Tag: The Game, and Why We Play It
The child’s game of tag is simple, universal, and timeless. I’ve seen it from my own backyard to the mountains of East Africa. One person is “it”, and everyone else is a potential target. By a simple touch the targeted person is “got” and the players shift roles. The sting of having been gotten is easily dismissed since the desire to be “it” is much greater than the desire to avoid having lost to the last one. Everyone wants to chase, to pursue, to reach that anticipated goal. Professional sports are all variations of tag. Insert balls and sticks, and change the target into a ball carrier and a net and you only have a complex version of the classic. The latest first-person shooter video games too are virtual versions of tag, with a bullet and a kill substituted for the touch and the goal. On the playground, children invent new games, but the goal always falls into the same tried and true pattern of play: the goal.
The modern scientist may tell you it is a vestige of an animal economy which depends on survival among limited resources. We are playing out our deepest urges to stay alive, yet in a civilized setting. The contemporary philosopher may tell you such games are about power, our fundamental desire to subject one another and rule. Both of these answers include uncontroversial elements of truth. Indeed, our life contains a struggle to survive, the need to succeed in securing adequate resources. That is true regardless of your phylogenetic assumptions. Likewise, Michel Foucault is not the first anti-Christian philosopher to borrow a Calvinist tenet: that man desires to oppress other men to his benefit.
Foucault, unlike the Calvinist, does not have any way of explaining why this is so. The evolutionary biologist is on equally shaky ground in his attempt to account for the goal-directed behavior of humans in particular. Is the human child’s game of tag just a variation of two puppies playing at “bite my jugular” or “you can’t have my stick”? There is a justifiable similarity, but can the scientist explain why the human decides to vary the game into one where the ball must go through a wire hoop, only in one direction, and only under a certain set of conditions governing one’s steps across the floor? The puppies will always play “bite my jugular.” Goal changing is not their pleasure. The uniquely human obsession with goals, from the child’s game to a cooperative adult endeavor to land a probe on Mars, cannot be overlooked if we wish to attempt an explanation of the most basic features of human nature.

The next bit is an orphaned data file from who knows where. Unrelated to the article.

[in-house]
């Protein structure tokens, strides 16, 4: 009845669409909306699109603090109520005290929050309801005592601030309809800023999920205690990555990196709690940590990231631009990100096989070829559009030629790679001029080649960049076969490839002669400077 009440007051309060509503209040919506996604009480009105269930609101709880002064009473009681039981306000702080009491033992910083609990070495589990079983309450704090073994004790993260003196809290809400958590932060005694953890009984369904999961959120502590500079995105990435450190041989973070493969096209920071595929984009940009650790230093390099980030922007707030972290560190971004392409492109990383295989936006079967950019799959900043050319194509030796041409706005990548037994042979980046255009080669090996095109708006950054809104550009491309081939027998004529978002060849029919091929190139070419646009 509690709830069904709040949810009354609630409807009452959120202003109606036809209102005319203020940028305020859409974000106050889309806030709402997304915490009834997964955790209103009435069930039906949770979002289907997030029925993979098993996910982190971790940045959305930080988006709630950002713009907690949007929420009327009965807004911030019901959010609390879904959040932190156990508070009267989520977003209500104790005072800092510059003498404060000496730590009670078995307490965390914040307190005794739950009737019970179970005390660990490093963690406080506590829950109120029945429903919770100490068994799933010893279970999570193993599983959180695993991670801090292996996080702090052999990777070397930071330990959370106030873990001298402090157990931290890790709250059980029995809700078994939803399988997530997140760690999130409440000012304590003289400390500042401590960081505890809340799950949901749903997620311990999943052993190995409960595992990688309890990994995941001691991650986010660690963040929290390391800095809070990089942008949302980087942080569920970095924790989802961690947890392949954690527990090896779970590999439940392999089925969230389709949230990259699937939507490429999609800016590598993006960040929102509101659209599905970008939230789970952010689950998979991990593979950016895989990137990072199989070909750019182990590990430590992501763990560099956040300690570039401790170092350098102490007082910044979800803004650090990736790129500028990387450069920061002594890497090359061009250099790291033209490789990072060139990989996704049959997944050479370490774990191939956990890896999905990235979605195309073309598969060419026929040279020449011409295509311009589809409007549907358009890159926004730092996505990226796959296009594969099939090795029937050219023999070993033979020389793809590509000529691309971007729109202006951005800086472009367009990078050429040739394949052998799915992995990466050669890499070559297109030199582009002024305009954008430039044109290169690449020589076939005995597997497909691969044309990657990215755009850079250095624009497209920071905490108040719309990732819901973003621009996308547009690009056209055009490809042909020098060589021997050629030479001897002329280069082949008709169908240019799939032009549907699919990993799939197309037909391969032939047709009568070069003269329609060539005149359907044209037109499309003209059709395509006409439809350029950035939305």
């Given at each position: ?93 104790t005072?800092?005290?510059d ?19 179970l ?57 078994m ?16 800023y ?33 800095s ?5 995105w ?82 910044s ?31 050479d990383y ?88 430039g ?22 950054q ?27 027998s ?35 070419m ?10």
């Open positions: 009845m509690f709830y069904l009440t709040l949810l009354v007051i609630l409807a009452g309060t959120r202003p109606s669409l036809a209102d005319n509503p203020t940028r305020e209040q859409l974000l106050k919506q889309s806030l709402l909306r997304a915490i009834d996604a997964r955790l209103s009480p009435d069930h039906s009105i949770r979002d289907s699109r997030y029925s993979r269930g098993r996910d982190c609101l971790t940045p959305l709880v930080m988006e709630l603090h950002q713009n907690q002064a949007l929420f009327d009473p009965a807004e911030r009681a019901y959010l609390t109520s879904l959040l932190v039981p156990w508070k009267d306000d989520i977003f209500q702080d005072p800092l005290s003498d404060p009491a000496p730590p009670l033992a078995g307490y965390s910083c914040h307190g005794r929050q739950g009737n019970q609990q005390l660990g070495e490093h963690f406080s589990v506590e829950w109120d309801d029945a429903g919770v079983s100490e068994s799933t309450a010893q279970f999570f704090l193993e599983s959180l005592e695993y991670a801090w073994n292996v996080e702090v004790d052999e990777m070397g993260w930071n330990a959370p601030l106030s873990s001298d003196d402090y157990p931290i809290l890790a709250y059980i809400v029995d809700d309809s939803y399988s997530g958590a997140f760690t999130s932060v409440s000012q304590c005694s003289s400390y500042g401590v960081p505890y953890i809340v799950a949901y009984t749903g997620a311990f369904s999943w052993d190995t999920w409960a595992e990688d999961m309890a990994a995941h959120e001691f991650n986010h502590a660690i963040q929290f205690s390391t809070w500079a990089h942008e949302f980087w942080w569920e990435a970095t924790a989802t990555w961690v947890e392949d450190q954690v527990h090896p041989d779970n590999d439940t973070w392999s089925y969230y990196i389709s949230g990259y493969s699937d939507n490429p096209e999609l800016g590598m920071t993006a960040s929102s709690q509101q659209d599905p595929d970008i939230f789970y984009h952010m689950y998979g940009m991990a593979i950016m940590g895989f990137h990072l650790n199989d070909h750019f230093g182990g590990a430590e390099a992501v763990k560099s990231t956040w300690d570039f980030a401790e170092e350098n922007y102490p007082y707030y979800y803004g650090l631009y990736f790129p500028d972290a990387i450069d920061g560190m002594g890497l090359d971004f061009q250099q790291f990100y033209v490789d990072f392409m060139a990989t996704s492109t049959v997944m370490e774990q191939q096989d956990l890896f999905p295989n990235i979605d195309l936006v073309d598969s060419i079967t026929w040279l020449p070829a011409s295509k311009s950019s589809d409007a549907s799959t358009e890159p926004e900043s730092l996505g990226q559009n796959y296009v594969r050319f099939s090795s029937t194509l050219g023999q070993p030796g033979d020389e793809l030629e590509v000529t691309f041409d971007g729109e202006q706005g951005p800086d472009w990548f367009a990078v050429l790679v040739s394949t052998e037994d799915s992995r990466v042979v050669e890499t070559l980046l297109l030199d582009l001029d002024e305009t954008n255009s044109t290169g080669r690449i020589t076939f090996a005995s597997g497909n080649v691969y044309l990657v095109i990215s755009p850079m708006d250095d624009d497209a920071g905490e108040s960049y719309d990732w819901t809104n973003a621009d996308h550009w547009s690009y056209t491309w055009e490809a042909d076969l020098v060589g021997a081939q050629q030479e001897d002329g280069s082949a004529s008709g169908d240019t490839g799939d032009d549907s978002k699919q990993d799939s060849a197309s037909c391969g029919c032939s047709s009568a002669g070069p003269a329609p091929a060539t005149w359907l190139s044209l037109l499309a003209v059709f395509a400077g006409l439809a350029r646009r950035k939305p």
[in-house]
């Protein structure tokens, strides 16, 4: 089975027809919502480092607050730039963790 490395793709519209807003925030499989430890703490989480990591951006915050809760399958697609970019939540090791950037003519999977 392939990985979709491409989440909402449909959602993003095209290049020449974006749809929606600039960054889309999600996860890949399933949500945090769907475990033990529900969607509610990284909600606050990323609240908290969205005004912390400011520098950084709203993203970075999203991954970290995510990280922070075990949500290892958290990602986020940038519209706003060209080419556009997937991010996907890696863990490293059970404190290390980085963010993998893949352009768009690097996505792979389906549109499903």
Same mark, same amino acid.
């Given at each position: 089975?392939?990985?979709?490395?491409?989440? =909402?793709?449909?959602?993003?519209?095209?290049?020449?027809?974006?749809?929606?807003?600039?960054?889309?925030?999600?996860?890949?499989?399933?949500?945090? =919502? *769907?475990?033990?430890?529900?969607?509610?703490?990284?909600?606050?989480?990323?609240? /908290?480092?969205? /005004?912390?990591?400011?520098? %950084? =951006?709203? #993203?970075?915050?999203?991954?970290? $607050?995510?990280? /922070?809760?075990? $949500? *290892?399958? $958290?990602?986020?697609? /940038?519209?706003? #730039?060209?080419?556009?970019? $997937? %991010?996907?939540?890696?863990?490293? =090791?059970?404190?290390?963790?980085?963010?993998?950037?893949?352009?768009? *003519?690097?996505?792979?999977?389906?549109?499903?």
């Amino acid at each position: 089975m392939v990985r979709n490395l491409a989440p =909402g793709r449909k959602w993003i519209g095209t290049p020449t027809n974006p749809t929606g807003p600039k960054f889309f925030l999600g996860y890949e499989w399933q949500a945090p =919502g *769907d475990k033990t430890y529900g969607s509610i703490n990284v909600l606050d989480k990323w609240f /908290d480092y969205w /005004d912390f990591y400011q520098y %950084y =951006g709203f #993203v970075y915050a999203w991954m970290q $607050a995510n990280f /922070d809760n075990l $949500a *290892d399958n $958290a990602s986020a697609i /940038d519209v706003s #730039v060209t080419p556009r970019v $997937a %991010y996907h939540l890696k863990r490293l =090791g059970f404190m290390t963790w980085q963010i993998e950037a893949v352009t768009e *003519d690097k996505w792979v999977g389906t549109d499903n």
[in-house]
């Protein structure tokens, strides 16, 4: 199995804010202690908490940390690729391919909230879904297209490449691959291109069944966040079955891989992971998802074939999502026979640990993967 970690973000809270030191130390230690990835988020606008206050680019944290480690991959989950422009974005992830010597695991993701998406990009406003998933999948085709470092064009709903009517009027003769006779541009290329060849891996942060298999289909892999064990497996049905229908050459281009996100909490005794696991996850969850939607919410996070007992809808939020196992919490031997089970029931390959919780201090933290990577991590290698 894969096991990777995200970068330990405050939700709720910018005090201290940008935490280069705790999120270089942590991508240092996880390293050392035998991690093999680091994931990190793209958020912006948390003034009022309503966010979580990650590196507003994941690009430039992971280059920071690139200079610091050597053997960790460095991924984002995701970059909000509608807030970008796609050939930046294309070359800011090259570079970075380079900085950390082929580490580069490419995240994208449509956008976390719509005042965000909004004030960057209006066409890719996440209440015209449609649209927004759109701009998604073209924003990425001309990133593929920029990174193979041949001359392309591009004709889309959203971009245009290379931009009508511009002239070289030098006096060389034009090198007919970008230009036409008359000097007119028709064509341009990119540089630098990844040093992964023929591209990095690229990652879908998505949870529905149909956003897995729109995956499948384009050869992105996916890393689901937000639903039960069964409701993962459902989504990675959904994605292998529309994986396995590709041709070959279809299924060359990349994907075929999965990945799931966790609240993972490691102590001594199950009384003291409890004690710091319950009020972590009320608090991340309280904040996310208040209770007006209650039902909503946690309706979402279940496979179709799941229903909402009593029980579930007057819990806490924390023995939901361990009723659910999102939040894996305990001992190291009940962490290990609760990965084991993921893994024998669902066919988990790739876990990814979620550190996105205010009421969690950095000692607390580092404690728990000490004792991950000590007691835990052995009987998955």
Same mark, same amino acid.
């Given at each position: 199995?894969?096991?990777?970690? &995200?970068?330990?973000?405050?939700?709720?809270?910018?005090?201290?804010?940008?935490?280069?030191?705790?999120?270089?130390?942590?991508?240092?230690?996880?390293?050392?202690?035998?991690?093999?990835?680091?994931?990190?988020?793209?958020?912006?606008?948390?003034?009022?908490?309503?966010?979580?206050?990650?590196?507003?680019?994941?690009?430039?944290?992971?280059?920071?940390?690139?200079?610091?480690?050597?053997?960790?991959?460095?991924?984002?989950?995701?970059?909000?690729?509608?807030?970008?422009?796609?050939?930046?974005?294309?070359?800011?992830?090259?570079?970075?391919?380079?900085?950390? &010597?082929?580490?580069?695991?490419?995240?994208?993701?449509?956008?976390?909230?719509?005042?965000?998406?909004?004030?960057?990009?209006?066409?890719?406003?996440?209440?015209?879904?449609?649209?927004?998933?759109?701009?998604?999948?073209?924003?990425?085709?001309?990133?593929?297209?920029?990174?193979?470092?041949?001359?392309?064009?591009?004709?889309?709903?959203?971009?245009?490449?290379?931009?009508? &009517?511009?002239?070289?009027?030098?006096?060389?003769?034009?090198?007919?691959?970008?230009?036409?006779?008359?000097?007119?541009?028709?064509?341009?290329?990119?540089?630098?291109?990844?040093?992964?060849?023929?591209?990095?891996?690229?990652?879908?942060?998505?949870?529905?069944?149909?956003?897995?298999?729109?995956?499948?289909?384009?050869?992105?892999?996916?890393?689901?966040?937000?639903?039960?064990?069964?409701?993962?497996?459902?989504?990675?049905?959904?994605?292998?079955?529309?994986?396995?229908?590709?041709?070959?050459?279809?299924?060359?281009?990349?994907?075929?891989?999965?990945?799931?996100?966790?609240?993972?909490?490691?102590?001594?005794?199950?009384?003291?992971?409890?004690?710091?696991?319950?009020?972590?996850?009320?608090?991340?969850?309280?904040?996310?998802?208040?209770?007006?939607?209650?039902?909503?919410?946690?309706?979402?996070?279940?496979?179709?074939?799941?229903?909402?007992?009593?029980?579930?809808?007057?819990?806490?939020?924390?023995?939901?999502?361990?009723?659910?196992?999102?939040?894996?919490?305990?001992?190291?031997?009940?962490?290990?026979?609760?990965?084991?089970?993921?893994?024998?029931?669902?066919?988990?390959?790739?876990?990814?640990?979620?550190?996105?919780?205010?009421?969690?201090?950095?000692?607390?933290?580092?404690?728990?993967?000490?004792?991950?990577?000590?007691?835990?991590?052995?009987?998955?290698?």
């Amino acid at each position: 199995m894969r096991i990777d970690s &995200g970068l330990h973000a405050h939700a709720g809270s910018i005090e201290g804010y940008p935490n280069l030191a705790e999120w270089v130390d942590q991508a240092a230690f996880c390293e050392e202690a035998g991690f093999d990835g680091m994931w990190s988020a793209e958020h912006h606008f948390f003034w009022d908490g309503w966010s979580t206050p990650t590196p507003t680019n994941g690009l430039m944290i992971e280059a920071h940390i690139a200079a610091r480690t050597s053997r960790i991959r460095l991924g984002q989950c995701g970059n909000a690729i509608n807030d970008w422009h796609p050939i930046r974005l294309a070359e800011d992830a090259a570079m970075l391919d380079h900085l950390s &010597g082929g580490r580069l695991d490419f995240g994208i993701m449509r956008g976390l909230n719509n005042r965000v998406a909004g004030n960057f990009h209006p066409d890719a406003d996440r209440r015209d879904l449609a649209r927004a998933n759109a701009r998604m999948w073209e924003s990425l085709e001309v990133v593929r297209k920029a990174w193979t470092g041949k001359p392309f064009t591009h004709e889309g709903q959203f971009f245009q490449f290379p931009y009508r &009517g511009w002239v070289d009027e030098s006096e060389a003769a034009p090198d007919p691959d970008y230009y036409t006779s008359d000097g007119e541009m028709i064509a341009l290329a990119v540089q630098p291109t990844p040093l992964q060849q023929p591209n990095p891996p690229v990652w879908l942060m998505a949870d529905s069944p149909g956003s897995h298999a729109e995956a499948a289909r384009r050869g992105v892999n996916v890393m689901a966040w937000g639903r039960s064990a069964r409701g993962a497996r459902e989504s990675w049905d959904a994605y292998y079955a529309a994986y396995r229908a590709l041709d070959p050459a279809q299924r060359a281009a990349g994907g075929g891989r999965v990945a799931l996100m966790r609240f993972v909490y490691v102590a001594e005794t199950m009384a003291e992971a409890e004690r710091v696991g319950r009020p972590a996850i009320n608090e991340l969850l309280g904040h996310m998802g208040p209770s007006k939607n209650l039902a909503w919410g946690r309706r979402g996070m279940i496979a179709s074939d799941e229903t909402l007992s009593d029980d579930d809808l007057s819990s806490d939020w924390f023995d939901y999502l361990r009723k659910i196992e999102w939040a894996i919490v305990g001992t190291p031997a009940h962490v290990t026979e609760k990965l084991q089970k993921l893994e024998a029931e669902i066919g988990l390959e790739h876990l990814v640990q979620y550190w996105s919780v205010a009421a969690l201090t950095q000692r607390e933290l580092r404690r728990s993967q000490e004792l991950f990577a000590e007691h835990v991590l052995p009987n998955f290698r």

The philosophical importance of goal-direction has not been overlooked. It was the center of Aristotle’s metaphysics of potentiality and actuality, which was really a biological physics. The ultimate demise of Aristotelian natural philosophy was that it had used the concept too heavily, giving goal-direction to everything, rather than limiting it to the human, or even animal psyche. In the eighteenth century, the feared outcome of a mechanical physics arrived. With goal-direction removed from physics, it was then removed from biology too, not least of all in the human mind. Without goal-direction, there is no choice, and thus no real freedom. These are all interrelated principles which come and go together.
This question was taken up by the British brain scientist Donald M. MacKay (1922–1987). For those familiar with his involvement with Christian organizations throughout his career, it may come as a surprise that the overriding concern of his scientific research was the nature of goal directed behavior in the human brain. Over his lifetime, he conducted a series of experiments on the visual and auditory systems in his lab at Keele University, testing his model outlined in other more philosophical writings on the nature of information flow in the brain. MacKay modeled the brain, in very mechanical fashion, on a control system like a thermostat. There is a thermometer to measure the air temperature, a heating and cooling system to change the air, and a dial to set the desired temperature. The thermometer checks the temperature, compares it with the set-point, and activates the appropriate system if required. The human brain is like a thermostat, albeit more complex, yet still a machine. Everything you need to know to understand the game of tag is in your thermostat.